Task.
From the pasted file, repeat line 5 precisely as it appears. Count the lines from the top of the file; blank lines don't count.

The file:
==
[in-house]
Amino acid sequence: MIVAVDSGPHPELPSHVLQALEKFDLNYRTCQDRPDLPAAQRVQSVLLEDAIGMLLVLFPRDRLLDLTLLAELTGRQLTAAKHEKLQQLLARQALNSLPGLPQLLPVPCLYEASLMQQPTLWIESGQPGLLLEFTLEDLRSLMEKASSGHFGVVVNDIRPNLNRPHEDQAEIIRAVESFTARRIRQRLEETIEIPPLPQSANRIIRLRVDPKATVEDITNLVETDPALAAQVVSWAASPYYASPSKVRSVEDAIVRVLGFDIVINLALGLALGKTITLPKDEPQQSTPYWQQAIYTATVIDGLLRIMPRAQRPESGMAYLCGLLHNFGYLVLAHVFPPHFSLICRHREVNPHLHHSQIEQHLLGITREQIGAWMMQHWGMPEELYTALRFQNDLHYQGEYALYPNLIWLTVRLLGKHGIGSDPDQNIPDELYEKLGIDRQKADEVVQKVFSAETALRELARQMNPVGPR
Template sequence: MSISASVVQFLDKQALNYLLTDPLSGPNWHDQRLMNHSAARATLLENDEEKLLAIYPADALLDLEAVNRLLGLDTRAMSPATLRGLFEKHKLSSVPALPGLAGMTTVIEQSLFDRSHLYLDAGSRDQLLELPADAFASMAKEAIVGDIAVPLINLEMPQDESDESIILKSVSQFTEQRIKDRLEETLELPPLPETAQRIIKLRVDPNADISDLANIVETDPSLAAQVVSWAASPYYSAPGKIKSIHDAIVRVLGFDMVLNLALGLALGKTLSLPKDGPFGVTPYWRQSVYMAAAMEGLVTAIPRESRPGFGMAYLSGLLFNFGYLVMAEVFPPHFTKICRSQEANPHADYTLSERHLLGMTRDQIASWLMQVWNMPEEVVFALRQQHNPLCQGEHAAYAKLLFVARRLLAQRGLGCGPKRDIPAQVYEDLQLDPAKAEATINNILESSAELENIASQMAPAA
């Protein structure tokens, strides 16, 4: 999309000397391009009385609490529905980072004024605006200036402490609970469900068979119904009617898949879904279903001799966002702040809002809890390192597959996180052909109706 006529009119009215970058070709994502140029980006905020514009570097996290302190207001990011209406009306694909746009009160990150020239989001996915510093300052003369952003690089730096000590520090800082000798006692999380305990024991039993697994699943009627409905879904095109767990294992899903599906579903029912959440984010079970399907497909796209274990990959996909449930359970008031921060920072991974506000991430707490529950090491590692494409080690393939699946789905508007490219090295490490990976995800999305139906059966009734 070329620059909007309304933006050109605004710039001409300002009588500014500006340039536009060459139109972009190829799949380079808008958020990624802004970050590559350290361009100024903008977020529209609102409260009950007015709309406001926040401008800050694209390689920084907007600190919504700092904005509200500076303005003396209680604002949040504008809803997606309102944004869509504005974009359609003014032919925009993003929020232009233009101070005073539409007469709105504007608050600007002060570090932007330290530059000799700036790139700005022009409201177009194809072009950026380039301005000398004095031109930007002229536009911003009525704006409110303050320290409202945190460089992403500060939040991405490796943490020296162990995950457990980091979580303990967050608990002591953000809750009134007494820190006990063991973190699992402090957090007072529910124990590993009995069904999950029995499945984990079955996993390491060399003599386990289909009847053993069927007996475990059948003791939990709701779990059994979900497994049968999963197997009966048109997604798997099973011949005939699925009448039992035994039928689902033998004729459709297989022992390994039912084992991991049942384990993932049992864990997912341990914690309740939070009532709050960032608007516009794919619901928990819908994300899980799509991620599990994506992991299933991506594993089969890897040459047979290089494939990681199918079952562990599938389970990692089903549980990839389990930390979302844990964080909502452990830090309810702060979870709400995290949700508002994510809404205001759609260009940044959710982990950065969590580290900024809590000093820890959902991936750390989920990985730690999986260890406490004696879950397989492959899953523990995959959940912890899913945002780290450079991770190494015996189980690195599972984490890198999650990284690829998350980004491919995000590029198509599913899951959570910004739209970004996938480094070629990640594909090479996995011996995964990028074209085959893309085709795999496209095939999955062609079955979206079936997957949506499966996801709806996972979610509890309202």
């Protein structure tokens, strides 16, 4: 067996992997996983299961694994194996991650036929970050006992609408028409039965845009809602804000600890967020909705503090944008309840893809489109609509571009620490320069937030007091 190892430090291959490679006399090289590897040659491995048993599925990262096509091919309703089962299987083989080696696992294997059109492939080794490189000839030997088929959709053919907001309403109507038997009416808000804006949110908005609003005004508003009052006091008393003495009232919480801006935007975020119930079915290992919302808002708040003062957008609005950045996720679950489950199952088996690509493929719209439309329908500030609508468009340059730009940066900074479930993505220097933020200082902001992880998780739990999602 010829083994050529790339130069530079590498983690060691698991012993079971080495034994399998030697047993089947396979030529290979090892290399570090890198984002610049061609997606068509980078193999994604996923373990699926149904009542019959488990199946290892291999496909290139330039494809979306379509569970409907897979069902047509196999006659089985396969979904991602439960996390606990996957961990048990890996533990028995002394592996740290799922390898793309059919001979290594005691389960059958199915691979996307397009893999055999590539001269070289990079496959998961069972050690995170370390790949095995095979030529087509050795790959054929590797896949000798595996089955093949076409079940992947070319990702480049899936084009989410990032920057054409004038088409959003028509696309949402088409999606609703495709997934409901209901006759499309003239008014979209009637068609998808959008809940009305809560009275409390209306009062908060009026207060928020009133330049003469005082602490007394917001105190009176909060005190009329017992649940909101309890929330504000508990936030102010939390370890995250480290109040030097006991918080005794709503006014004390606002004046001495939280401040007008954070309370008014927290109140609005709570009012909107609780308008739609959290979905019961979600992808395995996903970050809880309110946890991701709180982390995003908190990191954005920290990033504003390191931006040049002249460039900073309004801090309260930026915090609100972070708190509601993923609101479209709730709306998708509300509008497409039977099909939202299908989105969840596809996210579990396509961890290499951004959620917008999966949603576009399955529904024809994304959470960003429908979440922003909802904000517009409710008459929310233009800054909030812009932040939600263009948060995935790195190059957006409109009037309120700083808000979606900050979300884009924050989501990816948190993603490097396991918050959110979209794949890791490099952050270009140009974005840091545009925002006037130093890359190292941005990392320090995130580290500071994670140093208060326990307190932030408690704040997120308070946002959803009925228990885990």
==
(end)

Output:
């Protein structure tokens, strides 16, 4: 067996992997996983299961694994194996991650036929970050006992609408028409039965845009809602804000600890967020909705503090944008309840893809489109609509571009620490320069937030007091 190892430090291959490679006399090289590897040659491995048993599925990262096509091919309703089962299987083989080696696992294997059109492939080794490189000839030997088929959709053919907001309403109507038997009416808000804006949110908005609003005004508003009052006091008393003495009232919480801006935007975020119930079915290992919302808002708040003062957008609005950045996720679950489950199952088996690509493929719209439309329908500030609508468009340059730009940066900074479930993505220097933020200082902001992880998780739990999602 010829083994050529790339130069530079590498983690060691698991012993079971080495034994399998030697047993089947396979030529290979090892290399570090890198984002610049061609997606068509980078193999994604996923373990699926149904009542019959488990199946290892291999496909290139330039494809979306379509569970409907897979069902047509196999006659089985396969979904991602439960996390606990996957961990048990890996533990028995002394592996740290799922390898793309059919001979290594005691389960059958199915691979996307397009893999055999590539001269070289990079496959998961069972050690995170370390790949095995095979030529087509050795790959054929590797896949000798595996089955093949076409079940992947070319990702480049899936084009989410990032920057054409004038088409959003028509696309949402088409999606609703495709997934409901209901006759499309003239008014979209009637068609998808959008809940009305809560009275409390209306009062908060009026207060928020009133330049003469005082602490007394917001105190009176909060005190009329017992649940909101309890929330504000508990936030102010939390370890995250480290109040030097006991918080005794709503006014004390606002004046001495939280401040007008954070309370008014927290109140609005709570009012909107609780308008739609959290979905019961979600992808395995996903970050809880309110946890991701709180982390995003908190990191954005920290990033504003390191931006040049002249460039900073309004801090309260930026915090609100972070708190509601993923609101479209709730709306998708509300509008497409039977099909939202299908989105969840596809996210579990396509961890290499951004959620917008999966949603576009399955529904024809994304959470960003429908979440922003909802904000517009409710008459929310233009800054909030812009932040939600263009948060995935790195190059957006409109009037309120700083808000979606900050979300884009924050989501990816948190993603490097396991918050959110979209794949890791490099952050270009140009974005840091545009925002006037130093890359190292941005990392320090995130580290500071994670140093208060326990307190932030408690704040997120308070946002959803009925228990885990």